Champlain’s excursion into Lake Champlain forged the way for the inevitable exploration of the region by the French from the north. Dutch and British traders penetrated from the south. Native people allied with those Europeans they deemed most likely to further their own territorial interests. The Abenakis, Hurons and Montagnais sided with the French, the Iroquois with the British.
Standing on the bluff above the Saranac River in Plattsburgh in front of the statue of Samuel de Champlain, one can follow his gaze out over the lake and envision the waves of explorers, fur traders, soldiers and settlers who passed by, intent on gaining control or a livelihood from the Lake Champlain waterway. An early engagement took place a few miles to the north in 1666, when a French officer stationed at Fort Saint Anne across the water on Isle la Motte lost his life in Mohawk raid at the mouth of theGreat Chazy River, that now bears his name. Reciprocal raids unfolded in three wilderness wars known by the names of British monarchs -- William, Anne and George -- because the French eventually lost the final French and Indian War (Seven Years War), ceding Canada to Britain in 1763. This final conflict played out largely to the south, in the upper reaches of Lake Champlain and Lake George. But in late October of 1759, as General Amherst’s fleet swept the French from the lake, three French xebecs were scuttled beneath Cliff Haven. A cannon salvaged in 1968 has been restored and placed on display in the lobby of Clinton County Community College, overlooking the site.
Travelers enjoyed safe passage along Lake Champlain, but only for a while. In 1774, the British garrison at Crown Point had to move south to Ticonderoga when the barracks burned in a laundry fire. That same year, British forces built a stockaded garrison house at the southern end of Point au Fer, south of Rouses Point. This they lost to the Americans as the summer of 1775 unfolded and Revolutionary forces moved north into Canada. That campaign failed and the American troops limped back to Crown Point, burning the post on the way south. The British promptly took over and stayed until 1796, keeping watch over the narrow navigation channel. A raised causeway across swampy ground makes Point au Fer more accessible than it was in those days, and the earthworks described as “Old Fort” on Seneca Ray Stoddard’s 1893 map of Lake Champlain are still visible in the landscape.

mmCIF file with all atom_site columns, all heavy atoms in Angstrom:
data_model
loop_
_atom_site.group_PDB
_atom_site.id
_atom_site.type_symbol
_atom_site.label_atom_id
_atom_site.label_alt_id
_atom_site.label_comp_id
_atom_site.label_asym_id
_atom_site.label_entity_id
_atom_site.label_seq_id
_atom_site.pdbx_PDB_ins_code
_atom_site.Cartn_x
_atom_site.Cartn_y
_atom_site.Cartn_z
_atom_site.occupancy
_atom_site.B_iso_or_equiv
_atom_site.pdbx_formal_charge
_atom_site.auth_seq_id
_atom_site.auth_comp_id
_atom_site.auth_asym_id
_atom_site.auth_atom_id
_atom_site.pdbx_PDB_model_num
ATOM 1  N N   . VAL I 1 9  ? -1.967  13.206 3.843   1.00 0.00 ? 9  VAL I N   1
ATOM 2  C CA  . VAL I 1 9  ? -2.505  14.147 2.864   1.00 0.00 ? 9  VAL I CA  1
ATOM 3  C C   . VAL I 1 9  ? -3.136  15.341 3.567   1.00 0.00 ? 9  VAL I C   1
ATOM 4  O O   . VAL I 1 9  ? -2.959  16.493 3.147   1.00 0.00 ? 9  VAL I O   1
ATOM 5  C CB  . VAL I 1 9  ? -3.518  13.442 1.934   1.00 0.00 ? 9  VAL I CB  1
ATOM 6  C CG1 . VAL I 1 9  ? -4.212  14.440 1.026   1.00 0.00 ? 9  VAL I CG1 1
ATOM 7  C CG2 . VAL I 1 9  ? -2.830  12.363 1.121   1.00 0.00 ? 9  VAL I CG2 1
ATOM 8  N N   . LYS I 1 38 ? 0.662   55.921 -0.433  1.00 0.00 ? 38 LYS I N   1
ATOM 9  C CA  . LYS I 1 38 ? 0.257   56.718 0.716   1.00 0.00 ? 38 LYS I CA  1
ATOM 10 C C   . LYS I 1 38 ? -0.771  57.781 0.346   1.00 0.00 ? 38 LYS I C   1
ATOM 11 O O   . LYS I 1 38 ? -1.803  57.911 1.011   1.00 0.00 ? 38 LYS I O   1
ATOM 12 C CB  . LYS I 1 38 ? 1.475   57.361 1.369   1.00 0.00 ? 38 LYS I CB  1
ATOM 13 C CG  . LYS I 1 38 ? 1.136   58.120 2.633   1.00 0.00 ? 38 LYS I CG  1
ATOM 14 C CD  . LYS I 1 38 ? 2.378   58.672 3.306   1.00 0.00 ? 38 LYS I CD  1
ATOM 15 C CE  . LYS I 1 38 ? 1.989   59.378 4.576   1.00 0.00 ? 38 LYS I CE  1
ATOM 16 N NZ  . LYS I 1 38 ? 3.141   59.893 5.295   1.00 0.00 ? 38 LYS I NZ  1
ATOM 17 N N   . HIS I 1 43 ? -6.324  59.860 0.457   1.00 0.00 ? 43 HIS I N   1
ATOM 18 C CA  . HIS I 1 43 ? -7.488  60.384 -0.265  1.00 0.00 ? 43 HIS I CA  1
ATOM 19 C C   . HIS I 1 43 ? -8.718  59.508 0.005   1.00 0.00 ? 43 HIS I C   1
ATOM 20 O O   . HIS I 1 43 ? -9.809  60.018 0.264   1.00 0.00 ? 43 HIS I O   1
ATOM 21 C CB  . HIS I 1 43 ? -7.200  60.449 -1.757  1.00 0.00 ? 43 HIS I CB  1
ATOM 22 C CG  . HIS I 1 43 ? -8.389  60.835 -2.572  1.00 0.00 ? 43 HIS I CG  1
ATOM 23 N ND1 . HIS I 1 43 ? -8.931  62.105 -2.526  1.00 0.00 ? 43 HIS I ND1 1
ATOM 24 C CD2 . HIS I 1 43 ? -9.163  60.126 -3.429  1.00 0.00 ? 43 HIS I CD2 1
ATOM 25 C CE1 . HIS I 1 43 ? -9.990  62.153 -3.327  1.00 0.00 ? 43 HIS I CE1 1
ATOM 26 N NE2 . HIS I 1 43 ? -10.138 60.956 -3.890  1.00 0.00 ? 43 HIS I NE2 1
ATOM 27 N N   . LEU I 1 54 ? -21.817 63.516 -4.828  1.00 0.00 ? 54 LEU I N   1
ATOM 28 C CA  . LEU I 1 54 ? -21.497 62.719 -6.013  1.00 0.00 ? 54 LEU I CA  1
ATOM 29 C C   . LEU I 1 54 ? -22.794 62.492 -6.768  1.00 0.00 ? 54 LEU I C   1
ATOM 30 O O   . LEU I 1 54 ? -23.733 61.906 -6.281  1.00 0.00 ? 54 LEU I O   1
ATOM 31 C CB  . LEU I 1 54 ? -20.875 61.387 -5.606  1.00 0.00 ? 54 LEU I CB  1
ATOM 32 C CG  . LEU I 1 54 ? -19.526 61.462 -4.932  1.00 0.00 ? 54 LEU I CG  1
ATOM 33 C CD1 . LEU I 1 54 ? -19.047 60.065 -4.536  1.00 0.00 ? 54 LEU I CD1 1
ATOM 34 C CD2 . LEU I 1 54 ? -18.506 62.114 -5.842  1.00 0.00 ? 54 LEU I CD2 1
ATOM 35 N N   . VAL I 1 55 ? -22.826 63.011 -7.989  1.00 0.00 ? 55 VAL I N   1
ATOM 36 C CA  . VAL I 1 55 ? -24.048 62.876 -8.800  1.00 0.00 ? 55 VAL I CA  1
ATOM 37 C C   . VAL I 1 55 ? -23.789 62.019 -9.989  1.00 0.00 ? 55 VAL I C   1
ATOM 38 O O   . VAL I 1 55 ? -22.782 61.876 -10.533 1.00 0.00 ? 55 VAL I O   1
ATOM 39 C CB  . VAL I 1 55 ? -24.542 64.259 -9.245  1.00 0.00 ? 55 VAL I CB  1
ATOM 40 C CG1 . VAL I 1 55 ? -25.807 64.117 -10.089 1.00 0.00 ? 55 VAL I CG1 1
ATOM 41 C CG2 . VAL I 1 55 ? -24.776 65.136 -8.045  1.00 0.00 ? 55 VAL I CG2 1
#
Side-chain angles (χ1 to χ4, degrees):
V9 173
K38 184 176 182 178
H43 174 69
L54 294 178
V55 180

Visit Bluff Point for a commanding view of the stretch of water where Benedict Arnold outmaneuvered a British fleet in the Battle of Valcour, early in the war. Especially if there’s a cold wind from the north, Arnold’s strategy unfolds at your feet. His fleet sixteen little ships had made their way north from Whitehall to face a British fleet of 29 boats. They met on October 11, 1776 on a cold, “winter lake,” deep blue and rent with whitecaps. The British inflicted considerable damage to the American fleet on the first day of the battle. Arnold then brought his navy into the shelter of Valcour Bay, where the fierce north wind prevented the British from pursuing. Instead, they formed a blockade. Under the cover of night and a dense fog, the American ships crept through the British line, reassembling at Schuyler’s Island for another battle. The fleet broke up. Arnold and some of his men escaped overland to Crown Point, as three enemy ships led a lively pursuit up the lake to Ticonderoga. The British dallied for a month, before returning to St. John’s. Great Britain controlled Lake Champlain once again, but too late in the season to take advantage of it. Such is the changeable North Country weather that a blanketing fog can follow close on the heels of a chill northern gale.
In the 1777 campaign the British moved south along Champlain, pausing to drive the Americans from Ticonderoga and Mount Independence, to fight battles at Hubbardton and Bennington, and finally meet defeat at Saratoga, the turning point of the Revolutionary War.